|NHTSA Report Number DOT HS 809 815||October 2004|
I. Introduction. As part of its goal to reduce alcohol-related traffic deaths and injuries, the National Highway Traffic Safety Administration (NHTSA) developed an assessment process that gives States an opportunity to conduct a review of their efforts to control impaired driving by an outside team of nationally recognized experts. Similar assessments are conducted also in other highway safety areas, including occupant protection, emergency medical services, motorcycle safety and traffic records.
Upon State request, NHTSA convenes the assessment team and facilitates the process. The assessment team meets with State officials including highway safety personnel, and hears testimony from individuals invited by the State to testify concerning the strengths and weaknesses of the State's program. The team then uses this information to assess the State's impaired-driving program. Each assessment examines the strengths and weaknesses of a State's overall impaired-driving program. It should be noted that these assessments are not typical or traditional program evaluation efforts (i.e., process or outcome evaluations, etc.). Assessments contain recommendations, some of which have been designated as priority recommendations, concerning ways in which the State can improve or enhance its impaired-driving programs. Since the assessment report "belongs" to the State, it is solely within the State's discretion how it will use the document. There are no sanctions if the State does not implement the recommendations. Based on State requests, NHTSA has facilitated 42 impaired-driving assessments since 1991, including 32 initial assessments and 10 re-assessments.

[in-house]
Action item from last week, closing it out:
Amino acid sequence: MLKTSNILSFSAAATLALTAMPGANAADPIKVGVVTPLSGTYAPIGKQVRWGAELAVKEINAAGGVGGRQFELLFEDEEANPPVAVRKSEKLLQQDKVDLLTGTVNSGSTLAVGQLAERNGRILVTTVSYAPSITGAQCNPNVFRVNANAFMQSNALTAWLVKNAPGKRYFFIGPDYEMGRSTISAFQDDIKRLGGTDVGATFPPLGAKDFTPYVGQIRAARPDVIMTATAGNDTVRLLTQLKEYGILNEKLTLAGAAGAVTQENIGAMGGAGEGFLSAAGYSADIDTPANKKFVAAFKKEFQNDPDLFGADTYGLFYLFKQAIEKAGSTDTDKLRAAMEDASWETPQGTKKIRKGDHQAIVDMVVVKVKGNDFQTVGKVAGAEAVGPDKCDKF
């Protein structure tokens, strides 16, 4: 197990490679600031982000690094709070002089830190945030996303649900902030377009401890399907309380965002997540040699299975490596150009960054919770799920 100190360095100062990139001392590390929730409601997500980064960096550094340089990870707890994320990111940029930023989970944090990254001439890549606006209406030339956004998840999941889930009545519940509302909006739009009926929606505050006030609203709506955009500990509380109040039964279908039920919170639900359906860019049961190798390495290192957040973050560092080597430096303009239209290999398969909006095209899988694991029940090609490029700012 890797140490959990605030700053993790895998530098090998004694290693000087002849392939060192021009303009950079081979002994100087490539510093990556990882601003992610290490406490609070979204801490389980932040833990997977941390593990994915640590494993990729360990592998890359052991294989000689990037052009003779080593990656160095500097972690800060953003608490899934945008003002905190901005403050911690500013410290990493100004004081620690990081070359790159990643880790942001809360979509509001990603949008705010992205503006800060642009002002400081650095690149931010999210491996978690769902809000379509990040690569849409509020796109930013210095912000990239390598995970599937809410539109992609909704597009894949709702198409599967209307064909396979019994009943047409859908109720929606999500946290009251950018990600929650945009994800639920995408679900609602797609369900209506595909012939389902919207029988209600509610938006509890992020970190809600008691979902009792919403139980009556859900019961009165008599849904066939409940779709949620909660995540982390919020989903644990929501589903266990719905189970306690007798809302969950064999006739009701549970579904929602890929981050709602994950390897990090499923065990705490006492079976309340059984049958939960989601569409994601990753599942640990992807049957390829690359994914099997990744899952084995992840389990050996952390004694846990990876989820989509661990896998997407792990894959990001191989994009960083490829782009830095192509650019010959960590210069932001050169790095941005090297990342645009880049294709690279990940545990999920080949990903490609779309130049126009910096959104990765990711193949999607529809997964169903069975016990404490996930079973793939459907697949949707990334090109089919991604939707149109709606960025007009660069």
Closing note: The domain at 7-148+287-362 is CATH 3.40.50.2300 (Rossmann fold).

a. Assessment Process. The assessment process begins when a State Highway Safety Office submits a written request to one of the NHTSA Regional Offices. This request is then referred to the appropriate program office at NHTSA headquarters to initiate the assessment process. NHTSA selects and convenes a multidisciplinary assessment team consisting of experts from outside the agency. The team's experience correlates with the various components of a comprehensive impaired-driving program that are reviewed during the assessment process.
The requesting State arranges for State impaired-driving program representatives to meet with the assessment team during the weeklong technical review. The State representatives brief the assessment team and, as appropriate, provide written materials. Team members may initiate an open discussion with presenters to gain a clearer understanding of a subject.
The assessment team uses the information provided by these representatives to analyze the State's impaired-driving program by comparing it to a NHTSA-developed uniform guideline. The team members develop consensus recommendations (including priority recommendations) after considering what reasonably could be accomplished within the State and what actions are most likely to have an impact. While the uniform guidelines are the same for each State, the assessment team considers unique State factors that may impact the applicability of the State to adopt certain recommendations. These factors may include, but are not limited to, demographics, geography, political structure, and institutional support for impaired-driving activities. The assessment team then develops a written report containing its consensus recommendations, and the report is provided to the State Highway Safety Office.